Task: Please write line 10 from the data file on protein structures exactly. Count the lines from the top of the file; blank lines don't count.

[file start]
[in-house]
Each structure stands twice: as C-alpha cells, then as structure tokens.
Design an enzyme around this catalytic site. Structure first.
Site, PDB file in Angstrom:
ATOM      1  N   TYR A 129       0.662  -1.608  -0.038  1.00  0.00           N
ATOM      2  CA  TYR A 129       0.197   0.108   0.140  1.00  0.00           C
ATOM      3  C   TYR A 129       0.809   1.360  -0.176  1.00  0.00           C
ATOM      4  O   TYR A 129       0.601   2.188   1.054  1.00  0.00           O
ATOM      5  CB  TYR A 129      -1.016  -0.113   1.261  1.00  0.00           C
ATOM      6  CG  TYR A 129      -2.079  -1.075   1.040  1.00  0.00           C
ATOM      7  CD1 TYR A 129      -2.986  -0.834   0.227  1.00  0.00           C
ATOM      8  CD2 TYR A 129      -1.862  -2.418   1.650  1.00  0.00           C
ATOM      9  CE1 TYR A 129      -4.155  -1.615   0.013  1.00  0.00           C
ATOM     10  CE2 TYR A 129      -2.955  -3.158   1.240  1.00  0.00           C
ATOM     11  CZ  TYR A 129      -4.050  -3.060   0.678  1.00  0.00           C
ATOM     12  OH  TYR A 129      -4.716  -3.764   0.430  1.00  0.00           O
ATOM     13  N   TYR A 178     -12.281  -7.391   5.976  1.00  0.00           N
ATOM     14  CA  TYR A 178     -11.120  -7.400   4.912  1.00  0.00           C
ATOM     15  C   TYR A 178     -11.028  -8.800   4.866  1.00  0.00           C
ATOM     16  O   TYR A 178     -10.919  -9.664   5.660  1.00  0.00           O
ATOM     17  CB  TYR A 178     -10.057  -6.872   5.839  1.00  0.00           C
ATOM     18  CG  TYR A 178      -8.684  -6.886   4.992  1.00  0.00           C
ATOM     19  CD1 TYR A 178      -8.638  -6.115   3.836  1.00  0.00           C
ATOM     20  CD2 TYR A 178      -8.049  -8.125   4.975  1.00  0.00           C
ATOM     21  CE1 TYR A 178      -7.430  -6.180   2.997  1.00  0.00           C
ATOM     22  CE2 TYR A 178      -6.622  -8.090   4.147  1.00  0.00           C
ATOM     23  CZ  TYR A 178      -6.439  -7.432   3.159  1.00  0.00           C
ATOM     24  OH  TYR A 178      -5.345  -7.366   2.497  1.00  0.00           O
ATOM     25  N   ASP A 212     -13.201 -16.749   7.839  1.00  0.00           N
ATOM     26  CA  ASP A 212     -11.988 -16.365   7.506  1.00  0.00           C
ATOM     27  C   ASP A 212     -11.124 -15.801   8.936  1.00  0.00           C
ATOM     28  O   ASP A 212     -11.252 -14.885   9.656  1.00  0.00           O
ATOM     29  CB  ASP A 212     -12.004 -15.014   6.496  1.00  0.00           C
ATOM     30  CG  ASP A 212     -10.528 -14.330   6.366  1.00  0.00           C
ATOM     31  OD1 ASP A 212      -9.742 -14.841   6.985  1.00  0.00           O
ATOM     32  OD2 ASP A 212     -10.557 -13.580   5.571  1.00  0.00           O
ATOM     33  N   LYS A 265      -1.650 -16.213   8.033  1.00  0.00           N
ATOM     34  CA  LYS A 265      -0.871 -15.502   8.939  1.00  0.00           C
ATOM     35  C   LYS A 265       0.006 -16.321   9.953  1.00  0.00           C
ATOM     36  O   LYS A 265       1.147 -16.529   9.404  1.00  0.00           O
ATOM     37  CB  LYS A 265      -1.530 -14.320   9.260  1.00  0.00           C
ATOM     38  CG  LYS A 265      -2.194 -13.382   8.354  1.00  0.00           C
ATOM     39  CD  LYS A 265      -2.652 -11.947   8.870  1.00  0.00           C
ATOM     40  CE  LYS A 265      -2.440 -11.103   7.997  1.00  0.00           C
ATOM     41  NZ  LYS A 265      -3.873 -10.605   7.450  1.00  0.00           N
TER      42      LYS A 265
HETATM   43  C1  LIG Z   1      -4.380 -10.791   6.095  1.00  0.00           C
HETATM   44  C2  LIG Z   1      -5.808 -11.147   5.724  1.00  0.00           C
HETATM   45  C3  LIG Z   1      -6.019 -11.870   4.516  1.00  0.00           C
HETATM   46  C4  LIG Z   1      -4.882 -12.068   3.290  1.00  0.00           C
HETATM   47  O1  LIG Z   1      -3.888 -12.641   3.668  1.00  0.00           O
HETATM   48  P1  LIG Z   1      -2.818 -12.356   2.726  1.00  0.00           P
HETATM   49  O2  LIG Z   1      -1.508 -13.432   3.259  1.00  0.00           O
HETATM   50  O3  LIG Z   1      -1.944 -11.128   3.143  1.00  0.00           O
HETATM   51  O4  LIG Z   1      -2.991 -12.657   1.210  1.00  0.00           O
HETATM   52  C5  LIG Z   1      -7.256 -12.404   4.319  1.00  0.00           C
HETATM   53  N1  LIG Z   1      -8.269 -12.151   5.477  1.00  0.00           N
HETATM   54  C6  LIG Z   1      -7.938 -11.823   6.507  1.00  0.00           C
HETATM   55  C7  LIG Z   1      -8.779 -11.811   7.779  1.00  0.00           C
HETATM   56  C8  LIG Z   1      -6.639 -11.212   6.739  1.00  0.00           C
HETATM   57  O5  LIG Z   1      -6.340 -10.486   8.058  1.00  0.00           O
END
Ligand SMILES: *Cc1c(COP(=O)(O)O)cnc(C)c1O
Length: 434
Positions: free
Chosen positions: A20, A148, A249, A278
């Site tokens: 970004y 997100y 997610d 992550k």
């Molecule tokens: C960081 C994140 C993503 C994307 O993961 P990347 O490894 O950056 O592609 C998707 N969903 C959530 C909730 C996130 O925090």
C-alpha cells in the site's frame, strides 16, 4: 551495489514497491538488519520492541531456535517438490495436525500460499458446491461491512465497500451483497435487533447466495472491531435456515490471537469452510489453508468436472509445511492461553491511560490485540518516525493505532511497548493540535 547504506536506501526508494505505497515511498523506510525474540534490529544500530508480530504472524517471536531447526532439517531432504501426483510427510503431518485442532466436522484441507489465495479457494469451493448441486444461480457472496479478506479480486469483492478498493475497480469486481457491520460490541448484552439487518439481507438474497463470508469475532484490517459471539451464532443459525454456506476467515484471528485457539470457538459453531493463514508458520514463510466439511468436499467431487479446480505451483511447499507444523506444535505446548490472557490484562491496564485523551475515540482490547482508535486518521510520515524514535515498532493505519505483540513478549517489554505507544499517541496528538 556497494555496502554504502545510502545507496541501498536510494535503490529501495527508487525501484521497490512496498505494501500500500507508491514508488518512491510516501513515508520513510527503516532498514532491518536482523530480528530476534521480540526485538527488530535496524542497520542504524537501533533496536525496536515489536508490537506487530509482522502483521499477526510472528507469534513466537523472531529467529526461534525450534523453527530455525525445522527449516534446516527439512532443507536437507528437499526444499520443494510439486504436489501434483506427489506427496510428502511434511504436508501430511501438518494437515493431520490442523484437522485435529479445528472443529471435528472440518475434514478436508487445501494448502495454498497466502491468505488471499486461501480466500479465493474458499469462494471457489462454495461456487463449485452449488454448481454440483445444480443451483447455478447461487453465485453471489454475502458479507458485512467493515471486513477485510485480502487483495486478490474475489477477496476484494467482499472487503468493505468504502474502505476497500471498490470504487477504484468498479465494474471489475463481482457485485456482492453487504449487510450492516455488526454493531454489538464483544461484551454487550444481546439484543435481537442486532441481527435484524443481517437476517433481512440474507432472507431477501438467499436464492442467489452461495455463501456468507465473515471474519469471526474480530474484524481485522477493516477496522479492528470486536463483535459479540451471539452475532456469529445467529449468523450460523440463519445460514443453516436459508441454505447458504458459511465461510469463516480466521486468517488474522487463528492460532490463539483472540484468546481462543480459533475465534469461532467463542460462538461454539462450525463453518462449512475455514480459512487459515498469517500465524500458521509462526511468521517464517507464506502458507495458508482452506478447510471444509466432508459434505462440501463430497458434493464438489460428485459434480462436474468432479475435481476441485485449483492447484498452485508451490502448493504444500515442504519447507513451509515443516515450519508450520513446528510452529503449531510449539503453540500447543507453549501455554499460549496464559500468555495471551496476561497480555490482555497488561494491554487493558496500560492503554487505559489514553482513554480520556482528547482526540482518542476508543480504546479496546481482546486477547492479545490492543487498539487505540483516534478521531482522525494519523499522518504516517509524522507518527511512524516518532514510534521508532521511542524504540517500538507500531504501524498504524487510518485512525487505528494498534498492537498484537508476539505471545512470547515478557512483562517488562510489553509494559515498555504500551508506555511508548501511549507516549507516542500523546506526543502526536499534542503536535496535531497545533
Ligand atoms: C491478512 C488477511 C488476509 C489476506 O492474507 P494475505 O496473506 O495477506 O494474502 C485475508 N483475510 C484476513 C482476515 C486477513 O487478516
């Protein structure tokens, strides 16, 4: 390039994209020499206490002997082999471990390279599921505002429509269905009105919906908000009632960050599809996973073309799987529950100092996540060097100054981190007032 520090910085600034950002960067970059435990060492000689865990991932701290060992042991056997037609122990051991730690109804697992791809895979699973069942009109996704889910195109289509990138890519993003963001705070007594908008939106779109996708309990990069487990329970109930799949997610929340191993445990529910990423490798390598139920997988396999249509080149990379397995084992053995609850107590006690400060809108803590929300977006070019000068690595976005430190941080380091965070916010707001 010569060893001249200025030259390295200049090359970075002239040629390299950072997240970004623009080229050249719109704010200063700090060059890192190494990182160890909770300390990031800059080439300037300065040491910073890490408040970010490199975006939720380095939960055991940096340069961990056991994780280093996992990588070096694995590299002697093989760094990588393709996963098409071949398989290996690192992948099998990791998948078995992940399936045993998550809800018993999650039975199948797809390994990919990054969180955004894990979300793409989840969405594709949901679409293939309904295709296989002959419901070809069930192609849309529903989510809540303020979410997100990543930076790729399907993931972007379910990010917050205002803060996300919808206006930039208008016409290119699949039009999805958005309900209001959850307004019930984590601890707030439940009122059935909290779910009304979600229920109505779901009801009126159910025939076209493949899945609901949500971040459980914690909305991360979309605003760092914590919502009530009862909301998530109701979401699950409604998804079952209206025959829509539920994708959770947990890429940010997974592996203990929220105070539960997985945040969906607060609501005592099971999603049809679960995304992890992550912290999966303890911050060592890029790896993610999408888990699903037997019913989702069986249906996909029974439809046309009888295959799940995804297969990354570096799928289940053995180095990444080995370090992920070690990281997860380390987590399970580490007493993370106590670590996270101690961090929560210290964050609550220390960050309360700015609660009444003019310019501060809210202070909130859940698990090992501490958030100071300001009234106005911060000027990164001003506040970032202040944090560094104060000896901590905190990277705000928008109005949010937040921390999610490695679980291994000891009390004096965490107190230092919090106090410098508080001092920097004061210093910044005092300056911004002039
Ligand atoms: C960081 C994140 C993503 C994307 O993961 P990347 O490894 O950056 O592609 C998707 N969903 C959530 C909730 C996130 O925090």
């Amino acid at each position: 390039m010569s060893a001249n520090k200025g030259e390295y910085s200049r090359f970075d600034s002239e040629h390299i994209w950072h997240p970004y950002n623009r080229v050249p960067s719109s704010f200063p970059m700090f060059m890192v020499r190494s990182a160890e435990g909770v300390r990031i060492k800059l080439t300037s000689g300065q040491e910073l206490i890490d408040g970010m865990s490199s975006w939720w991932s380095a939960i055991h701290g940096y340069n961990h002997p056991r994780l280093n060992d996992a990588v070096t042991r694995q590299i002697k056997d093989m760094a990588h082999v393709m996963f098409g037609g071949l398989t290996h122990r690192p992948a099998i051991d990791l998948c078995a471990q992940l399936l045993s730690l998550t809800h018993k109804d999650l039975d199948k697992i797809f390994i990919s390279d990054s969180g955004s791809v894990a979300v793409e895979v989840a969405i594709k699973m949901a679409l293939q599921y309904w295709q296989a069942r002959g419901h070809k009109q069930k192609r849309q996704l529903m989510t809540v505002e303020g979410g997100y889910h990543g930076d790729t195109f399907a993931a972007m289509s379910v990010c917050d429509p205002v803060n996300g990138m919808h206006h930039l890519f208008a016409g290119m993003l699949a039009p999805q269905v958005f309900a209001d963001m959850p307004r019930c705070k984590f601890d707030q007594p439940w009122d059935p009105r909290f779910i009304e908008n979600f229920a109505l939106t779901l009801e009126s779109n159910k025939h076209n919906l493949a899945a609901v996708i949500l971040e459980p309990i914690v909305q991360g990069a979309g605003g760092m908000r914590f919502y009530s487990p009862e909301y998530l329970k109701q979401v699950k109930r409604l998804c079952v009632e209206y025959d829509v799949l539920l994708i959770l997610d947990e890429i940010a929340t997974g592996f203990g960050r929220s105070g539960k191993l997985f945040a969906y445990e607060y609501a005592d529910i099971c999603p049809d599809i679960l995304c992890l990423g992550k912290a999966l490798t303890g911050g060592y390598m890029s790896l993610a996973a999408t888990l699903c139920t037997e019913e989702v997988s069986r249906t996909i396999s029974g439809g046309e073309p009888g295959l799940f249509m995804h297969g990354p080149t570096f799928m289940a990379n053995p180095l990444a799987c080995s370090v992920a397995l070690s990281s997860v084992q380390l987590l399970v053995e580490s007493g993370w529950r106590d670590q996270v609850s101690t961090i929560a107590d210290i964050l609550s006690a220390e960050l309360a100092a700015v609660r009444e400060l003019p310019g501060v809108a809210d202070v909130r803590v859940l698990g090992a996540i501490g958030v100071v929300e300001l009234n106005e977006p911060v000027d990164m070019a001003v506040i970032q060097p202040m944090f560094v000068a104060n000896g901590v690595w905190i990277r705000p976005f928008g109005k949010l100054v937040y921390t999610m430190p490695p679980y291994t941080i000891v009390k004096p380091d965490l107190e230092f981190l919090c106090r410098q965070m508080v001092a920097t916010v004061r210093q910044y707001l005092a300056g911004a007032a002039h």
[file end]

ATOM      6  CG  TYR A 129      -2.079  -1.075   1.040  1.00  0.00           C